When Penn State joined the Big Ten Conference in 1993, the series was interrupted and has been played only four times since and is not scheduled to resume within the next six years at least.

Penn State Coach Joe Paterno said he didn't know if Pitt would ever return to the schedule, but he said the best way for the series to resume would be for the Big Ten to add a 12th team.

Yesterday, Paterno lobbied for the Panthers to be the 12th team that the conference coaches so desperately covet.

Nevemind that other rivalries from in different conferences don't have this problem: Florida and Florida State can play each other every year; USC, despite the PAC-10 commitments, somehow finds a way to fit Notre Dame onto its schedule every year; and Virginia and Virginia Tech play each other. Not JoePA and Penn State though. Once PSU went to the Big Ten, suddenly Pitt couldn't be squeezed onto the schedule, ending one of the great intrastate college football rivalries. I know, I've mentioned this before, but it would be such a f**king good game this year.

Paterno can spin it anyway he wants, but it was all about his petty vengeance for Pitt refusing to leave the Big East in the mid-eighties to join his conceptualized East Coast Conference. If you grew up in Pennsylvania, this was the game every year. Everyone was geared up and watching. Records were meaningless, and upsets common. Since then, Paterno has faced growing criticism for ending the rivalry, even from his own alumni and fans. When two schools dislike each other like that, the game should be bigger than even "coaching legends." I speak as a Pitt grad and the son of Penn Staters.

Now, for some reason, Paterno thinks Pitt would leave the Big East for the Big 10 11. Yeah, that would make sense. In the Big East, Pitt gets to recruit and play up and down the East Coast. for football and basketball. From Miami to D.C. to NYC to Boston. In the Big 11, it would be more limited by its opponents to the midwest, and face more entrenched recruiting machines in Michigan, Ohio, Indiana, and Illinois.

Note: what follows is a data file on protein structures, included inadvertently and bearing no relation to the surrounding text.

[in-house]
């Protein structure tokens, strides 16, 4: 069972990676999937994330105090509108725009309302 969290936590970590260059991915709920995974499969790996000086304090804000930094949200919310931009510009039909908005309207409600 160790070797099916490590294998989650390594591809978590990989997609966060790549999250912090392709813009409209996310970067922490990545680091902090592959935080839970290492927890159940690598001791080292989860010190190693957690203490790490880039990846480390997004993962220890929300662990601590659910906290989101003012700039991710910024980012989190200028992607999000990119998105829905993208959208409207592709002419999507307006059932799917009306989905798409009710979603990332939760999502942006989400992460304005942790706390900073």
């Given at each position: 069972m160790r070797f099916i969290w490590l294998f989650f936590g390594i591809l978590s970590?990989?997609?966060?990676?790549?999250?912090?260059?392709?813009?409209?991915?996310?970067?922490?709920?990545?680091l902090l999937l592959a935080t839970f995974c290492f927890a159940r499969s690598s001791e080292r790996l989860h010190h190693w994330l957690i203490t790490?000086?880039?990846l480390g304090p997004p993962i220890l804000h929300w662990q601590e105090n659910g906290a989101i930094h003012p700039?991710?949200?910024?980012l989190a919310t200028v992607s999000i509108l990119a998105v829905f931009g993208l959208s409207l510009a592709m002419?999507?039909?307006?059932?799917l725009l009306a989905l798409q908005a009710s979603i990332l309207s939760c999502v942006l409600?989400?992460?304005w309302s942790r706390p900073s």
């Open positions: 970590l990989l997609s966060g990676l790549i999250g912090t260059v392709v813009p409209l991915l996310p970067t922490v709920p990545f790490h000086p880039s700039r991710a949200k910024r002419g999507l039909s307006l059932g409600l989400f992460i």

Once again, Paterno wants things his way, and in a way that makes him look good. He'd be happy to resume the Pitt-Penn State rivalry if Pitt were in the Big 11. And if Pitt is invited and rejects the overture, then it is no longer his fault. Pitt was the one who decided to refuse the chance (which was also his hollow claim when he ended the rivalry in the first place -- that it was Pitt's fault for refusing to join his concept conference and pushed him to join the Big 11).

Instead, this is the "rivalry" game for PSU:

Michigan State and Penn State play every year, and the Spartans have been Penn State's opponent on the final weekend of the regular season since '93.

Penn State holds a 7-2 edge in games played since '93. The two teams played 10 times from 1914-66, and Michigan State won seven of those games.

"It's going to take a while to achieve a rivalry," Paterno said. "The thing with Pitt was something I grew up with when I came here. It was 40 years I coached against Pitt at the end of the year. We're just starting to get into some of our rivalries with the teams in the Big Ten. Right now, it would not be for the fans in the state, maybe not quite what it would have been [with Pitt], but I think it is developing into that.

"Michigan State has a great football tradition. Eventually, it will be that same kind of rivalry. But right now it's not as old and the geography is not quite the same. ... We have to get on with what we're doing."

In order to add some teeth to the rivalry, Penn State and Michigan State created a trophy that goes to the winner of the game. But somehow the Land Grant Trophy doesn't have the same appeal as the Little Brown Jug, Old Oaken Bucket or Paul Bunyan's Axe.

"The only thing we know about the trophy is that it leaves a big empty space in our trophy case when we don't win," Penn State senior offensive lineman Matt Schmitt said. "Michigan State gives us a tough game every time we play them."

Yeah, the Land Grant Trophy. I'm sure Mich. State views that as their big game. Not against U of Michigan or something.

This Rivalry has been recommended for renewal in the Sporting News:

The fabric and tradition of this series is as thick as a plume of smoke belching from the smokestack of an eastern Pennsylvania steel mill. Except for three years in the 1930s and four in the 1990s, these schools met every season from 1900-2000. For the record, Penn State holds a 50-42-4 edge in the series.